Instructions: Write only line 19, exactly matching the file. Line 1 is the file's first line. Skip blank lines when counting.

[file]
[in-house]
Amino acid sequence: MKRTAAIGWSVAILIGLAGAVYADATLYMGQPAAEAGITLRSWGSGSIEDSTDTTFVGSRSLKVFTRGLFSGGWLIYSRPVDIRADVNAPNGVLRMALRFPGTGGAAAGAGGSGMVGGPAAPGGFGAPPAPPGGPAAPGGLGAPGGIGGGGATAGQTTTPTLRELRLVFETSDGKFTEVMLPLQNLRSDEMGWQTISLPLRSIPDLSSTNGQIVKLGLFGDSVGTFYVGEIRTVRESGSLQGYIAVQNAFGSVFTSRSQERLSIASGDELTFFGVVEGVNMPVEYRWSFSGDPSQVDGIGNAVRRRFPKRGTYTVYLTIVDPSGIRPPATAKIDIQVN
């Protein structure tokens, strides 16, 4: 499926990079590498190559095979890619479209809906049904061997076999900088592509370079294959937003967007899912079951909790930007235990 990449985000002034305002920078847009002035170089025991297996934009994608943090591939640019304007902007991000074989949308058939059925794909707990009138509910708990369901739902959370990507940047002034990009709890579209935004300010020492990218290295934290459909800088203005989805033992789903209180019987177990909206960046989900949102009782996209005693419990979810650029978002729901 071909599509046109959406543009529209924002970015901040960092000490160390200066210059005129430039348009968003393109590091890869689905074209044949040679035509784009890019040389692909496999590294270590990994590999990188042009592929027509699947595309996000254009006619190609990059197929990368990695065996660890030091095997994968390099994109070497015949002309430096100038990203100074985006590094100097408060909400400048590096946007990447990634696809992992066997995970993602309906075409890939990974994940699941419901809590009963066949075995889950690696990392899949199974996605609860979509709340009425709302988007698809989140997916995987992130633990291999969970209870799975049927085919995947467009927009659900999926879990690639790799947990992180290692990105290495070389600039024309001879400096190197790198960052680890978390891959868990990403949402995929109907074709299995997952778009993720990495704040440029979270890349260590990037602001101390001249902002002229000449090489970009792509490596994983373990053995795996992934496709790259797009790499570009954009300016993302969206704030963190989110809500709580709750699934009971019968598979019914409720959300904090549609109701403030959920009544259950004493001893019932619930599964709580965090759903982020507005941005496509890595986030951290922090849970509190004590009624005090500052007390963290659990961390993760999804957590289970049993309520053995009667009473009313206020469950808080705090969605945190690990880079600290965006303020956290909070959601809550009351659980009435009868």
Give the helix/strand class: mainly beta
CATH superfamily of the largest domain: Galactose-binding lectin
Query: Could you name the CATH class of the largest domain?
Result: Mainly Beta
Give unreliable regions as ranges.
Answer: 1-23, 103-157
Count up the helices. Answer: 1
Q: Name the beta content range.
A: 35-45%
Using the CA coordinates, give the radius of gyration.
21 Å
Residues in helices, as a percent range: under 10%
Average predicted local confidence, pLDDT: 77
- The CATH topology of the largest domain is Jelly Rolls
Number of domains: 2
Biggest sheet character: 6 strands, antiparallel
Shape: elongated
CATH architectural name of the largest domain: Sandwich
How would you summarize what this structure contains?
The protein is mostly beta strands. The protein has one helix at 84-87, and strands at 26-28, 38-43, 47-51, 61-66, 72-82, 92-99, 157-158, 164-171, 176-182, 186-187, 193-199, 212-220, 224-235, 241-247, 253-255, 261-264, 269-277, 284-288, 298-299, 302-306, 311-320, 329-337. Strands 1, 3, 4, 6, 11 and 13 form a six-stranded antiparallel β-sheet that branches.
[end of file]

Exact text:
Biggest sheet character: 6 strands, antiparallel